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About Education

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My Philosophy on Education

Education in practice, for me, is how we blend facts, theory, skills, research, experiences, and ideas into practical application to promote lifelong learning, growth, and development in both individuals and groups. In my focus areas, sex education, consent, and sexual violence prevention, I practice teaching the functionality of adaptable knowledge and skills my students can implement in real life situations. This is done by blending the educational philosophies of Essentialism, Humanism, and Social Reconstructivism. 
 Education is not limited to formal, in the classroom experiences, or attaining degrees. There is no degree in consent. Being educated means my students have acquired the knowledge and skills to develop and apply their sexual values while critically thinking about their sexuality and related decision making. This means there is a strong emphasis not just on the research and theories, but the socioemotional skills needed to effectively apply what they have learned. 
As an educator, my role is multifaceted. Due to the sensitive nature of my work, it is important I set a common understanding and framework for my students by teaching essential knowledge around sexual violence, relying on research and definitions. The opportunity for revictimization and triggering content for student survivors is high, so maintaining a safe educational environment is very important to me. By developing this common understanding and setting ground rules, I am creating an environment where my students can learn and hold each other accountable. It is important I continue to model and embody these elements as well so my students understand how to apply the content practically and feel comfortable engaging in discussions around the topic. This includes being authentic, responsive, and not an academic robot. Giving my students the space to process, discuss, ask questions, and think critically about the content is a non-negotiable piece of my role as an educator.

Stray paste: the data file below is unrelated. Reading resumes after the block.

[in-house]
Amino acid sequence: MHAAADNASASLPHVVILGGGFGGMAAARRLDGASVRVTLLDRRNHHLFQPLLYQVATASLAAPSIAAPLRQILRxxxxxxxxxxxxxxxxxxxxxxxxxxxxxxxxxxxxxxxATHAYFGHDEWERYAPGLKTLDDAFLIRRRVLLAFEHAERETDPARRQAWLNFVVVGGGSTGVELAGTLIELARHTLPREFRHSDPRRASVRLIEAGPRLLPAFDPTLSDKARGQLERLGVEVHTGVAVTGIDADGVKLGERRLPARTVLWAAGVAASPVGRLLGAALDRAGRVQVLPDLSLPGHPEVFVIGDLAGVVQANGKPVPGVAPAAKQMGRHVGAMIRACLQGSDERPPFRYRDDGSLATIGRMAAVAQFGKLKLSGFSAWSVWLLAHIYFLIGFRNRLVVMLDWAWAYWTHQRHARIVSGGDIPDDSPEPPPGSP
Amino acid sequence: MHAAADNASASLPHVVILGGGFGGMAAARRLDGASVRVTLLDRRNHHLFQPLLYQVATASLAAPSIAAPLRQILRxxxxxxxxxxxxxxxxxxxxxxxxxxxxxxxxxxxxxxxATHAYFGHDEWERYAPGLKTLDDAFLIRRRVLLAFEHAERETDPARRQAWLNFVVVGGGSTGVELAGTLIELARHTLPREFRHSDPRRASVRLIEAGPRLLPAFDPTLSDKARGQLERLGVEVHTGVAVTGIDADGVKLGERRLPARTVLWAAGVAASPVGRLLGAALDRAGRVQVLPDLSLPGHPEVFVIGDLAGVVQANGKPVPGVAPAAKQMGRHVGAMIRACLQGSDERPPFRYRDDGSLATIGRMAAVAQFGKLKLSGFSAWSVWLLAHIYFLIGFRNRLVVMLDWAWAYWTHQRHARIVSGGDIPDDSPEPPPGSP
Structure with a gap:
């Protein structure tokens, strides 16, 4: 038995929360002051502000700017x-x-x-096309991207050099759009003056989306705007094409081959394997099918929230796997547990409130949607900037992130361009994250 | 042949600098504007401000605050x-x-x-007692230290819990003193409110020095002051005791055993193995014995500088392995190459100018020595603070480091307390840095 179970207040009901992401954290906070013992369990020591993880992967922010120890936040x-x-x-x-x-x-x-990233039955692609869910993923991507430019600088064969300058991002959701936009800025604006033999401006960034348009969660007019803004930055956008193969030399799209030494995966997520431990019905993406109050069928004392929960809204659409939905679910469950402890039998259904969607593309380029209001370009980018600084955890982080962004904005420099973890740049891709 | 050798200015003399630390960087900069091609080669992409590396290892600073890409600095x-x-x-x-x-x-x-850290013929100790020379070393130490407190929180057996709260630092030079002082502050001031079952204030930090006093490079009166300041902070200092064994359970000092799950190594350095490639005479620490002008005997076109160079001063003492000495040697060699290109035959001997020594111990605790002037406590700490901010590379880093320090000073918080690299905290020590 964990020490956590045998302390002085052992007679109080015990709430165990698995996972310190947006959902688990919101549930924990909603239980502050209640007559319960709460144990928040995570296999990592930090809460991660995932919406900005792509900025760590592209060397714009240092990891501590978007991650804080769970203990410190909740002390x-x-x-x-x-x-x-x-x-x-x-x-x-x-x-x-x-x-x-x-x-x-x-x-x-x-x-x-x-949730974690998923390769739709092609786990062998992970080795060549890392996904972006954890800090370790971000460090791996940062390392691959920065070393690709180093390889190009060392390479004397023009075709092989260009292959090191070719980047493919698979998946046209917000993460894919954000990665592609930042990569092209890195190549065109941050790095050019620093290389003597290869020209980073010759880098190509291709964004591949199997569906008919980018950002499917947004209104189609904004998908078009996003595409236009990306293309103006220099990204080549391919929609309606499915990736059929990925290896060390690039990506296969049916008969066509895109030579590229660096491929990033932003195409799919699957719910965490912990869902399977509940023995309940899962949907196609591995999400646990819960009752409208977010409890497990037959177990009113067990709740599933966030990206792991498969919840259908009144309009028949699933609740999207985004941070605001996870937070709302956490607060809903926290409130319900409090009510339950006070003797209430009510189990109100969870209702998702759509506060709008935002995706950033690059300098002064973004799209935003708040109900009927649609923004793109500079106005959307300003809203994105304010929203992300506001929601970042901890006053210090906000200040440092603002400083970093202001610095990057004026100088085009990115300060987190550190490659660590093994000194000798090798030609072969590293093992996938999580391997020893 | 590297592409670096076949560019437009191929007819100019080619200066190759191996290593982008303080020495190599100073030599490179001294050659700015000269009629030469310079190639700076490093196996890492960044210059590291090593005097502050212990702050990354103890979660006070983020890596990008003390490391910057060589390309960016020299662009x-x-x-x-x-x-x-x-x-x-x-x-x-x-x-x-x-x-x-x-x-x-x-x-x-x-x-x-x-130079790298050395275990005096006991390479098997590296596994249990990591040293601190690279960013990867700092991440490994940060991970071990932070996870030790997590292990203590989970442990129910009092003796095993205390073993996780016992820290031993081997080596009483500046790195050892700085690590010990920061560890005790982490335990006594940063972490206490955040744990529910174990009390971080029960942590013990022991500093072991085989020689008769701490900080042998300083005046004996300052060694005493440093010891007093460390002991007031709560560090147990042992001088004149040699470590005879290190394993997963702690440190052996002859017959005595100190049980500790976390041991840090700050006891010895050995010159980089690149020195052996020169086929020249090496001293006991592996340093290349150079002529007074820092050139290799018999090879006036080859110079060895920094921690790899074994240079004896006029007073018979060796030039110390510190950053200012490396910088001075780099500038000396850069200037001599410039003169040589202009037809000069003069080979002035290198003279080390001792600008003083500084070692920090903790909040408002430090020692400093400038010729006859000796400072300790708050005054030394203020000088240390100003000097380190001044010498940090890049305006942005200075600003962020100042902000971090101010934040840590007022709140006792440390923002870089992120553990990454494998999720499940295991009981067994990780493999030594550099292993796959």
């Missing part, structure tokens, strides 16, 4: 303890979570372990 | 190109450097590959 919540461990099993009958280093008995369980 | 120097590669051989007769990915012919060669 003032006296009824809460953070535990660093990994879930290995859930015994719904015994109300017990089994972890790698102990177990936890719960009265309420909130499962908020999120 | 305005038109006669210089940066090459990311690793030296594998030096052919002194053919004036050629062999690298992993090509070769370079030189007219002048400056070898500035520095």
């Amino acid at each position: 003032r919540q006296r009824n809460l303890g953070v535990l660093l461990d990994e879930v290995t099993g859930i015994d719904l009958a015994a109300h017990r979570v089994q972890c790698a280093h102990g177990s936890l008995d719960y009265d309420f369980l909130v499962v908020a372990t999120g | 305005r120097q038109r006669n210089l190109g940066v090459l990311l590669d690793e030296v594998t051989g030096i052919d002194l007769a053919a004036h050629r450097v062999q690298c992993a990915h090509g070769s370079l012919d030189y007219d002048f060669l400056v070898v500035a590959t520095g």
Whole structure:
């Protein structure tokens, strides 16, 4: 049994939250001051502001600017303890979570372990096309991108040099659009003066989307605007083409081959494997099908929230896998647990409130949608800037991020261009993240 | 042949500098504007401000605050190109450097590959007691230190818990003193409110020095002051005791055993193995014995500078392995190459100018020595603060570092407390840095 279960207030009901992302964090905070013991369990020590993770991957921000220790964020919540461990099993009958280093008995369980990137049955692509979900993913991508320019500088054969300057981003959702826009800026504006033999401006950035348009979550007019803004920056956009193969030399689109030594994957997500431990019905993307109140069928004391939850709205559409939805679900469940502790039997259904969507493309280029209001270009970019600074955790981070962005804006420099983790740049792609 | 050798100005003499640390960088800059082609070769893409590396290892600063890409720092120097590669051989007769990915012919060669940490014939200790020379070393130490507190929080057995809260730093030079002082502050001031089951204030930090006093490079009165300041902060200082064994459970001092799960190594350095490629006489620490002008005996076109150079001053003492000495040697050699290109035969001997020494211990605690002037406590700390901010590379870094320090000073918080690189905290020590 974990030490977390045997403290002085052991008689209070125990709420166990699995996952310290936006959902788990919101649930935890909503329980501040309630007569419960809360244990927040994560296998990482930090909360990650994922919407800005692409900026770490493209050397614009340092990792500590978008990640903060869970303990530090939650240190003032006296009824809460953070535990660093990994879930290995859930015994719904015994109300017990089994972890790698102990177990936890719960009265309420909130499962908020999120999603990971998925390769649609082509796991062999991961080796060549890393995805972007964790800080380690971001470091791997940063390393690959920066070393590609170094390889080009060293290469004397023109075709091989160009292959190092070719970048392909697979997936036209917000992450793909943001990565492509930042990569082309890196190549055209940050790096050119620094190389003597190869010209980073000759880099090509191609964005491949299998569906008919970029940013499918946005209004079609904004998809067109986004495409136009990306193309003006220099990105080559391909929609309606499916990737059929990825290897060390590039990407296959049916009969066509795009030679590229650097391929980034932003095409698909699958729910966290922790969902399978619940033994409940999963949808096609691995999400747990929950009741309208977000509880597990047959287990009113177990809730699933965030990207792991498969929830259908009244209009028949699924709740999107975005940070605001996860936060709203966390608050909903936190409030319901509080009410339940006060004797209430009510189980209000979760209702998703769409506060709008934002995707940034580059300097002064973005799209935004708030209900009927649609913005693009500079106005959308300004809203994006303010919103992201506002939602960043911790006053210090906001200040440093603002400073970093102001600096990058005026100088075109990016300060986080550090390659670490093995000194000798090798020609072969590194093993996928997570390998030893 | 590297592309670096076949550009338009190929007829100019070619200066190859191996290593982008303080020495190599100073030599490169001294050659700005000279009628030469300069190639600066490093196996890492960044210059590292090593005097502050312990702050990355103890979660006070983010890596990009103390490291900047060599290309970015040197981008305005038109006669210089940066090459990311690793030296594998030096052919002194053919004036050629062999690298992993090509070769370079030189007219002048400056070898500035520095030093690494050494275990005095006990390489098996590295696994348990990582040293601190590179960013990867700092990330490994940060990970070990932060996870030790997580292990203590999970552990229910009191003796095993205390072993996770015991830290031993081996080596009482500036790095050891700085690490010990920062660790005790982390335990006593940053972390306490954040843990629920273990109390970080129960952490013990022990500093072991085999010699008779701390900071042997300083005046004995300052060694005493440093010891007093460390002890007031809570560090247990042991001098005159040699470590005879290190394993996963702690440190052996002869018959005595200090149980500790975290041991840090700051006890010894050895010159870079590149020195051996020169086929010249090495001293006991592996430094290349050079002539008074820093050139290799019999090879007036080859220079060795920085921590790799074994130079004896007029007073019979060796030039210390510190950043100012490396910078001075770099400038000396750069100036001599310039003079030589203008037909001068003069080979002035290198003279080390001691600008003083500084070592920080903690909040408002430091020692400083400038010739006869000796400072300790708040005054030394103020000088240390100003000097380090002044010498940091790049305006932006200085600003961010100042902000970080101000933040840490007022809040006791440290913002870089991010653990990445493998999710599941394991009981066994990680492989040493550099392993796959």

In the classroom, this type of education is both highly structured and intentionally controlled chaos. This is accomplished by using a variety of teaching techniques, such as lecture, discussion, interactive activities, self-reflection, and media that focus on the practical application of material to themselves and their community. By using repetition via these different teaching techniques, students will be able to make meaning of the materials for themselves.  
The effect and outcome of this style of education is for students to be better citizens and lifelong learners. Students will be able to think more critically and have productive discussions around challenging topics. Students will also be more self-reflective and responsible of their sexual decision-making and how it impacts not just their partners, but the wider net of who is around them. Students will have a more authentic understanding of their sexuality by incorporating the learned elements and how to practically apply this understanding outside of classroom scenarios. 

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